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Maïté JAUREGUY-NAUDIN

What role for the EU in Doha?

Edito Energie, novembre 2012

Historical leader of the fight against climate change, the European Union’s influence declined in Copenhagen. This opened the way to the so-called BASIC countries to show their willingness to become a driving force in the international climate agenda. Interestingly enough, the Copenhagen conference also introduced a welcome shift in the traditional UN separation between developed and non developed countries. If industrialized countries are responsible for most of current GHG emissions, emerging countries are the biggest emitters of tomorrow. However, Cancun conference and a strong pressure from the G77 reverted to the North/South partition. Durban saw a regain of European influence as the EU was key to open the discussions on the extension of the Kyoto protocol up to 2020 and to lay the foundations of long term discussions to pursue international agreements beyond 2020.

Yet according to the recent BASIC countries’ joint ministerial statement, the ever present battle over the principle of "common but differentiated responsibility" is far from over. So far, among the major emitting countries, the European Union seems to be the only one to keep pushing for a binding agreement. One can wonder if the European Union has an interest to insist on such an agreement whereas the shortcomings of such an approach have been showcased notably by Canada. The country failed its Kyoto commitments and left the protocol without paying any penalties. Instead, India, a fierce negotiator, and most emerging countries (and of course for obvious reasons US) are aiming to work toward a new non binding agreement that would take effect in 2020. Furthermore, the EU gave up the implementation of the international aspects of the EU-ETS legislation, postponing the introduction of aviation’s GHG emissions in its cap and trade system by one year. The Climate Commissioner explained this decision as a way to acknowledge the progress being made in negotiations on a global emissions deal. This however also illustrates the EU struggle to export its climate governance model beyond its borders.  This kind of unilateral decision has indeed been unpopular very early on with countries such as the US, China and India. Multilateralism is the key when addressing climate change issues. Europe should remember to work on solutions acceptable by third parties.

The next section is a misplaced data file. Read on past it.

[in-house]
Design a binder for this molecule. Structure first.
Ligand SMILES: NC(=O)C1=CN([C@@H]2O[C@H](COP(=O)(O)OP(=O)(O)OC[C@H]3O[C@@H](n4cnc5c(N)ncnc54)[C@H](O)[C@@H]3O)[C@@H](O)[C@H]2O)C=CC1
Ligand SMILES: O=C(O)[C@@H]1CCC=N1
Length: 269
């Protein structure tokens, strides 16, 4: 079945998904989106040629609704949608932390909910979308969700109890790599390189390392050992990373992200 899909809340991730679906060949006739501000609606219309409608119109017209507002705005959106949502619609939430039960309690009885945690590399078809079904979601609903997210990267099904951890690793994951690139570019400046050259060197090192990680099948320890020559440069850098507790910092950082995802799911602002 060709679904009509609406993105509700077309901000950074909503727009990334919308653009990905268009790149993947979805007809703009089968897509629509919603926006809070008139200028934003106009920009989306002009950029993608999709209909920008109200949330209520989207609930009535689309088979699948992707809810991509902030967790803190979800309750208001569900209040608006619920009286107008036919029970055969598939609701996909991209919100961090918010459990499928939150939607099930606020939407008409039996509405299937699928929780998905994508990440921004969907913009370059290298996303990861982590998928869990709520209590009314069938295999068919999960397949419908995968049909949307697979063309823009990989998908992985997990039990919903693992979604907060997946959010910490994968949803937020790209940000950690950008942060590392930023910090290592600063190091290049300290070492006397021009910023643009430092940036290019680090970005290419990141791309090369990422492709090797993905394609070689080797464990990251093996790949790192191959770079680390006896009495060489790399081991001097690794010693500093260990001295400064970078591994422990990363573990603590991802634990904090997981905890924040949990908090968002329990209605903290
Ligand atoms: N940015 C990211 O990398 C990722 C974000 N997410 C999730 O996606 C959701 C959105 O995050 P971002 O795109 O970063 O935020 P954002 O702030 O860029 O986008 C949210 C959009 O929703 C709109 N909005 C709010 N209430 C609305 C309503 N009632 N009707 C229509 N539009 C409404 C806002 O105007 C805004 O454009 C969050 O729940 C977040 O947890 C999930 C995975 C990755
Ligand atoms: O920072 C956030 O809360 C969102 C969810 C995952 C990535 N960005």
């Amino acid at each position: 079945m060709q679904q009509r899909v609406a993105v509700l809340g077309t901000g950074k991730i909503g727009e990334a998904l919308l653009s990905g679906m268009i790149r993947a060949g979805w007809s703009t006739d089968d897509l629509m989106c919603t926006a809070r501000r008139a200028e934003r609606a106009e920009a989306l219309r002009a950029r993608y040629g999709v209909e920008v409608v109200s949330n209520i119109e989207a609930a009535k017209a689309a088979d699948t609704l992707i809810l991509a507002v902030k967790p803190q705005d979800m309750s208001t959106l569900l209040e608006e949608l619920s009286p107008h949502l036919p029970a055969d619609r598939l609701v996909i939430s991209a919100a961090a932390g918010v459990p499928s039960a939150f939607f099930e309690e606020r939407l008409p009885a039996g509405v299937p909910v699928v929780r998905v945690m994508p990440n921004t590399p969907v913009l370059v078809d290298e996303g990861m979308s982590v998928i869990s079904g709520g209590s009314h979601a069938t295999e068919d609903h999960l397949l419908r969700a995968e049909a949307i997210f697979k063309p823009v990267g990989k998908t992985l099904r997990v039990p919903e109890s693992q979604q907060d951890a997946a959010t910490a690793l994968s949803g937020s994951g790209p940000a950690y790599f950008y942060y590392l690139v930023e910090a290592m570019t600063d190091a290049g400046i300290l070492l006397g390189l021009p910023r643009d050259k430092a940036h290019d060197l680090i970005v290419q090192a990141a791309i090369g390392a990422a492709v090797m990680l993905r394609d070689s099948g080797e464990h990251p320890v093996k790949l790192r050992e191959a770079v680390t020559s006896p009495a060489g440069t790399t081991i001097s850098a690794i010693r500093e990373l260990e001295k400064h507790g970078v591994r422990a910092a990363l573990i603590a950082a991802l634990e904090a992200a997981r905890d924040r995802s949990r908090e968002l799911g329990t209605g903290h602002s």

European decision makers need to take into account Europe’s economic crisis. (1) It is well past time for Europe to put costs as one of the main drivers of its energy system, a notion that seemed to have been forgotten as Europe made the choice of one of the most expensive model. (2) They also have a responsibility with regard to European citizen to protect their industry. In this respect, committing to a 30% reduction by 2030 might be a very dangerous move.

Should Europe aim to remain THE leader or rather settle to be a driving force of climate international negotiations among others? The share of EU GHG emissions in 2020 and beyond is not significant enough to justify that EU assumes more than it can. Instead, EU should join others’ efforts to contribute to the establishment of a future agreement and avoid well known deadlocks such as those triggered by “binding targets” in not so ancient discussions.

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